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Unlike athletes, musicians receive little or no education regarding the most effective ways to prepare their bodies and minds for the high demands of performing music. The SAMUSE project addresses this shortcoming in training and educating musicians. It will lay the foundations of a research-based professionalization of instrumental music education by developing innovative quantitative methods informed by Artificial Intelligence (AI) modeling strategies to characterize different skill levels in music performance. Such characterization is fundamental to understanding the music skill acquisition continuum and to deploying this understanding for the design of adequate and effective learning paths.


  To this end, the SAMUSE project will introduce an integrative (multi-sensing measurements) and development-oriented (multiple skill levels) approach to the study of skill acquisition in music performance. It will elaborate a solid theoretical and methodological framework to identify and define the psychophysiological parameters (“embodiment indicators”) that change over time in relation to the different skill acquisition levels. By conducting a focused cross-sectional study, the physical, cognitive, and emotional engagement of musicians will be measured at different skill levels. The project will contribute to novel measurement and analysis methods in music performance research, allowing a more advanced and sophisticated characterization of skill levels in music performance, among other project outcomes. In addition, we will focus on the development of wearable and flexible sensors, which is a noteworthy research area that has captured the interest of numerous researchers. These sensors have the potential to be seamlessly incorporated into clothing, gloves, and accessories. For music performance research, wearable and flexible sensors could be designed to capture a wide range of data, including gestures and physiological responses.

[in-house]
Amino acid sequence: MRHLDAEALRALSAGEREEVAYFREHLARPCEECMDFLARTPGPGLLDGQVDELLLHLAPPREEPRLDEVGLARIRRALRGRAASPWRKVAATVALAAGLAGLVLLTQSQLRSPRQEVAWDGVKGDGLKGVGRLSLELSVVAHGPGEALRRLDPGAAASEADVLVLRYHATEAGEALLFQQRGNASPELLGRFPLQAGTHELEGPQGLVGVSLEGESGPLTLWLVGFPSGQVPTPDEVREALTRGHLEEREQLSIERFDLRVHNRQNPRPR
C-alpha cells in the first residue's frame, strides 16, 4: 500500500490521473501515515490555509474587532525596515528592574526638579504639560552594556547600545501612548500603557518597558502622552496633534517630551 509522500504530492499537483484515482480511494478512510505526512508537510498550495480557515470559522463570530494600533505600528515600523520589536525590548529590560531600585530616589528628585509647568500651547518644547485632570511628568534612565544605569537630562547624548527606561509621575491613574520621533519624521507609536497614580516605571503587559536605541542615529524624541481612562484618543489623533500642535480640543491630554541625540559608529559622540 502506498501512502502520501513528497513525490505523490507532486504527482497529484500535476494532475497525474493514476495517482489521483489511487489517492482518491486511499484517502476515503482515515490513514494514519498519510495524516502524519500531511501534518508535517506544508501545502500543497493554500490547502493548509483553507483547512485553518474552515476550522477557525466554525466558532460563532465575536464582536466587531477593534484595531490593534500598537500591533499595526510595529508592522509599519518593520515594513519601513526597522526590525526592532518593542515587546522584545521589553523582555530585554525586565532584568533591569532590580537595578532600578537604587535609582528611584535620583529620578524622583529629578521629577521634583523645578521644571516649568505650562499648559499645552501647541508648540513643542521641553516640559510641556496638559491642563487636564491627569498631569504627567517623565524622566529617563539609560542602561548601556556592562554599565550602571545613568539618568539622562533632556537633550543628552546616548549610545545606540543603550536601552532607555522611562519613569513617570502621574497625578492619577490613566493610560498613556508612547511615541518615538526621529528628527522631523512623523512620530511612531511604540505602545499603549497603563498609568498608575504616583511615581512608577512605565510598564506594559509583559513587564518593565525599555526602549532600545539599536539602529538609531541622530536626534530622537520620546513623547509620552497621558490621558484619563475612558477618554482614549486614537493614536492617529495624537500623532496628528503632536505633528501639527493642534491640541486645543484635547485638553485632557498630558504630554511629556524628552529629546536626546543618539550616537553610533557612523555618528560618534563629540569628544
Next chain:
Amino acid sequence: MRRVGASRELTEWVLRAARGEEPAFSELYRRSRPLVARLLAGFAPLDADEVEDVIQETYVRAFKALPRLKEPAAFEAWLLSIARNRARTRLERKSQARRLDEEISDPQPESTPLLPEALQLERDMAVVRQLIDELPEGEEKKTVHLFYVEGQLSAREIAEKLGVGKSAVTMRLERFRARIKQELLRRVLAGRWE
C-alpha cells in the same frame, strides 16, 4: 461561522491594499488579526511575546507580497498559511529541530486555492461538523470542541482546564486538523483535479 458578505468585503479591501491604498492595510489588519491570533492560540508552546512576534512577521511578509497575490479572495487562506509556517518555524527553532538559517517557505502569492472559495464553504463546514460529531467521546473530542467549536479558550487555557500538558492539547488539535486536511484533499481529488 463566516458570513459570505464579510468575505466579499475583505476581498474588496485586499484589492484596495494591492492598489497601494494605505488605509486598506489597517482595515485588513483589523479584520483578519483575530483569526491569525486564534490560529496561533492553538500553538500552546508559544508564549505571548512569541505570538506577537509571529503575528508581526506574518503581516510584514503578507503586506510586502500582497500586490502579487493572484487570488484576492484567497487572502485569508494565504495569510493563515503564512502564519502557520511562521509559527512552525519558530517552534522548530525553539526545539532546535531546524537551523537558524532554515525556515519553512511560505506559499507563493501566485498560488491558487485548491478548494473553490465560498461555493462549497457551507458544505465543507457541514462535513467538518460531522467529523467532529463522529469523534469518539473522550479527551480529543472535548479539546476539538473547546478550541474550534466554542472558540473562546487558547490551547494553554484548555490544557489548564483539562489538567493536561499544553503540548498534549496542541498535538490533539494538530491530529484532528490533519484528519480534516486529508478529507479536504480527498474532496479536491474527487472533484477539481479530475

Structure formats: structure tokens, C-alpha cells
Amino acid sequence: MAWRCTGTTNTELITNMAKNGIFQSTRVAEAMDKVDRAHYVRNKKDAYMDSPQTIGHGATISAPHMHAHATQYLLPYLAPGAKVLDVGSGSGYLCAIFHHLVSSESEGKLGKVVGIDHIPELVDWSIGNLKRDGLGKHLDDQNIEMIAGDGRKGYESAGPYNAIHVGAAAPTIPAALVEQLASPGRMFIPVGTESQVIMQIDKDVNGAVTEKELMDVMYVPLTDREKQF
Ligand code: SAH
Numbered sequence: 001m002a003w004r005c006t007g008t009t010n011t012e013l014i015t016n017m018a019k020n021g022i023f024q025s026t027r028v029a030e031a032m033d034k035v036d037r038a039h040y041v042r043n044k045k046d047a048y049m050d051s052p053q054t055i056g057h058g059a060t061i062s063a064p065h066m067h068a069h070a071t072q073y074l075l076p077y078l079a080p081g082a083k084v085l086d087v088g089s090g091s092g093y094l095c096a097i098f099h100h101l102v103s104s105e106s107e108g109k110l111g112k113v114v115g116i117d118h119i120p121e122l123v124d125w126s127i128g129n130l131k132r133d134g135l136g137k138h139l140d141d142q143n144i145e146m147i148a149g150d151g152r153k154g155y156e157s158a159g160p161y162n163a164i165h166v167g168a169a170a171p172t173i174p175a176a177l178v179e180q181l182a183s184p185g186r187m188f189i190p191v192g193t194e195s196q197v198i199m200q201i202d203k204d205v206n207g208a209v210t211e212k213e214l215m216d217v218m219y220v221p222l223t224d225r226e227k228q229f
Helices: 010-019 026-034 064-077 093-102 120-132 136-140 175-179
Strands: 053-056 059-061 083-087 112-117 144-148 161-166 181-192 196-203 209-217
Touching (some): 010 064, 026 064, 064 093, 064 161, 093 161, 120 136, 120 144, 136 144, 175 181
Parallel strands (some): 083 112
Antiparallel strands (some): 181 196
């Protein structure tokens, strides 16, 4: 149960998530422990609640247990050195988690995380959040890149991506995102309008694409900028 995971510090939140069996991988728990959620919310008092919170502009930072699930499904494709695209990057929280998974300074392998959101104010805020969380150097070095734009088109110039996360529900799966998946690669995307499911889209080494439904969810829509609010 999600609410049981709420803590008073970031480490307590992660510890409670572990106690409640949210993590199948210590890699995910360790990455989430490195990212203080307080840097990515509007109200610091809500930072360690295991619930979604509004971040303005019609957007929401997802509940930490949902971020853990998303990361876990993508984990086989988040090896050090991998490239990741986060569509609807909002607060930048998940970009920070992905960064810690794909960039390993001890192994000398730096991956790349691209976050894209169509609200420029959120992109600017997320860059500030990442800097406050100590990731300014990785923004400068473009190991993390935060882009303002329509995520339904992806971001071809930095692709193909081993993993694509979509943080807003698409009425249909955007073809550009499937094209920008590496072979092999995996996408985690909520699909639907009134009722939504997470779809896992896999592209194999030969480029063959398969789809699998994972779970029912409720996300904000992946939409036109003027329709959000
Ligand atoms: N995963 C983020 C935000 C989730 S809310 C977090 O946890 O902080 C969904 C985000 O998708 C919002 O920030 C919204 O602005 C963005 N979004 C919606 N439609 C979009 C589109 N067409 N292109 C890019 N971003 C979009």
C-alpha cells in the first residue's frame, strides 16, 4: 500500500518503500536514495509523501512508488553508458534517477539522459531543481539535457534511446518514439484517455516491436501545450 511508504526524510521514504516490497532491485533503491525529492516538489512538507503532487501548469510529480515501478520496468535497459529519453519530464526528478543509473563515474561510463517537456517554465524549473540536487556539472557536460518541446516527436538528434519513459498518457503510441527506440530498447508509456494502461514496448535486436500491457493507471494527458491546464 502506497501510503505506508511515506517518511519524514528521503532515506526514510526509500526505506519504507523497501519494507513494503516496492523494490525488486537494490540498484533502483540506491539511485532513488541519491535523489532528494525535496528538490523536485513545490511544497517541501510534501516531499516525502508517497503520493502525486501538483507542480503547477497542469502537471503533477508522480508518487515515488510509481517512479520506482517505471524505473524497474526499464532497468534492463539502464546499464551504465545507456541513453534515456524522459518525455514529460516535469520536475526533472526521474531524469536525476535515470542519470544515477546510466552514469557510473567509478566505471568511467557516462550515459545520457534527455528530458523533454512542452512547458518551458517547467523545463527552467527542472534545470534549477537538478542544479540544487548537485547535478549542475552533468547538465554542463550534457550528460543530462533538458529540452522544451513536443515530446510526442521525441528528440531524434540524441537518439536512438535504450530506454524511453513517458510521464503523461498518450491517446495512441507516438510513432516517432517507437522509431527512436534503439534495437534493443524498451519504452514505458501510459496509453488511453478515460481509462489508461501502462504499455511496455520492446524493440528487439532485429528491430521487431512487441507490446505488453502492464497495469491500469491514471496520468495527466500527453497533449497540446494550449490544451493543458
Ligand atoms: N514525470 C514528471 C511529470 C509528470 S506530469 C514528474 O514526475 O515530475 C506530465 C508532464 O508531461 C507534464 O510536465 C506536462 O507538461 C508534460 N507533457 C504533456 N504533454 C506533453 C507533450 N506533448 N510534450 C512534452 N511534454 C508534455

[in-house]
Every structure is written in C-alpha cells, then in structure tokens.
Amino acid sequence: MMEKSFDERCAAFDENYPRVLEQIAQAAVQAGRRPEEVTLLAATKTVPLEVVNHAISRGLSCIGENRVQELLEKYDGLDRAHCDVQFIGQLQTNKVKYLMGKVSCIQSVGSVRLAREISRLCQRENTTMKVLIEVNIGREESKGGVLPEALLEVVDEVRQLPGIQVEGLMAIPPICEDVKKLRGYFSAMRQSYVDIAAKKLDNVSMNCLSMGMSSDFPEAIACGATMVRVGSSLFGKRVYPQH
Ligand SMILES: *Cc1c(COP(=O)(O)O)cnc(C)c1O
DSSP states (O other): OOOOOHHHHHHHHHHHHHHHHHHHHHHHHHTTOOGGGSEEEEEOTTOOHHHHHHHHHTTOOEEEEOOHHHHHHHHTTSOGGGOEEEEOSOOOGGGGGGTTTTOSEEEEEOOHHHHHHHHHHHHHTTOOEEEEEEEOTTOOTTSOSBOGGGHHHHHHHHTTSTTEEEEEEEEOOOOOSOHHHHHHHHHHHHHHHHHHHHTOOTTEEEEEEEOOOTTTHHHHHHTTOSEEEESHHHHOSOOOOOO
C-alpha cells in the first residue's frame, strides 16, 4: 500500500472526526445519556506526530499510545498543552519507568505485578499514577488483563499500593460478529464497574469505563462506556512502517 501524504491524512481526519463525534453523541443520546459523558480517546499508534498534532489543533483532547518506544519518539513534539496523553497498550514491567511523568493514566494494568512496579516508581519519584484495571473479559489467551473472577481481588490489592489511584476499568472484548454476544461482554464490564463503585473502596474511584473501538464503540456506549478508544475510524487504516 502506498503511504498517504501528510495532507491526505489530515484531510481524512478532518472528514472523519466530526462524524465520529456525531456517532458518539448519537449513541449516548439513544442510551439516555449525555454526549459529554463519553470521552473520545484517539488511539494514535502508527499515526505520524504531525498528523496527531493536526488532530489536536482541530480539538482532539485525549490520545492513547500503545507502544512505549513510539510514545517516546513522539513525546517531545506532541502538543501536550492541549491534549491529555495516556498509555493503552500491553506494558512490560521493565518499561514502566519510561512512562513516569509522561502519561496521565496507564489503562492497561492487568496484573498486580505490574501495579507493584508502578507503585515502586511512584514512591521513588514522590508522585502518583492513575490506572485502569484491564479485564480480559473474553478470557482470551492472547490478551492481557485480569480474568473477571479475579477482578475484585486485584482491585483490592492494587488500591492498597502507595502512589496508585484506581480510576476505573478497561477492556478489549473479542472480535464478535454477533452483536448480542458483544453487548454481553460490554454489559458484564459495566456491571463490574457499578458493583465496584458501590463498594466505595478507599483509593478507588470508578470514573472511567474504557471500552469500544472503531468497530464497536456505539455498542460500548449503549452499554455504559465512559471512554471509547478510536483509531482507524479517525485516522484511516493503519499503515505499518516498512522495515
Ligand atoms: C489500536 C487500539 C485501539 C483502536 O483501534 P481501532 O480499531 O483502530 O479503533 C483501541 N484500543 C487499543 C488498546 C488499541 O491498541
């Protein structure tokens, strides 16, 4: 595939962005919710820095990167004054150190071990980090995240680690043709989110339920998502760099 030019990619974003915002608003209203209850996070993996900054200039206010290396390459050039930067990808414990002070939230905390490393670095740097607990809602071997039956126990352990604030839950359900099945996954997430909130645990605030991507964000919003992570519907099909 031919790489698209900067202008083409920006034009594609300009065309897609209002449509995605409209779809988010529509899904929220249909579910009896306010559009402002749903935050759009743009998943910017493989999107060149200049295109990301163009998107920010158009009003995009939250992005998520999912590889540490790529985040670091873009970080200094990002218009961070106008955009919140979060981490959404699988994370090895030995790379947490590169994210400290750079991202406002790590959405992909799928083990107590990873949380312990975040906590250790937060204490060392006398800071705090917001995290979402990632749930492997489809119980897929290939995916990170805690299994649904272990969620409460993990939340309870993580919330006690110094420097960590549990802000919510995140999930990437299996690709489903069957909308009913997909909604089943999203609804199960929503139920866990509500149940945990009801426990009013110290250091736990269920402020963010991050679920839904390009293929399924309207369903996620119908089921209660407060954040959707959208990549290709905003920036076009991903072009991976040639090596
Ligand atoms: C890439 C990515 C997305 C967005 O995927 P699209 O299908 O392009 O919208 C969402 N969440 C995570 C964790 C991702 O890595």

The project will support further research on the design and evaluation of novel educational approaches (e.g., through longitudinal intervention studies), and on the development of advanced digital monitoring applications to enhance healthy and effective performance skill acquisition. This will ultimately support several research applications, such as quality enhancement in music education, multimodal sensor fusion algorithms, and user models. From an engineering standpoint, the project's objective is to create innovative, smart, wearable, and flexible sensors designed for data collection during music performance. These sensors would prioritize user comfort, ease of use, efficiency, and environmental friendliness.

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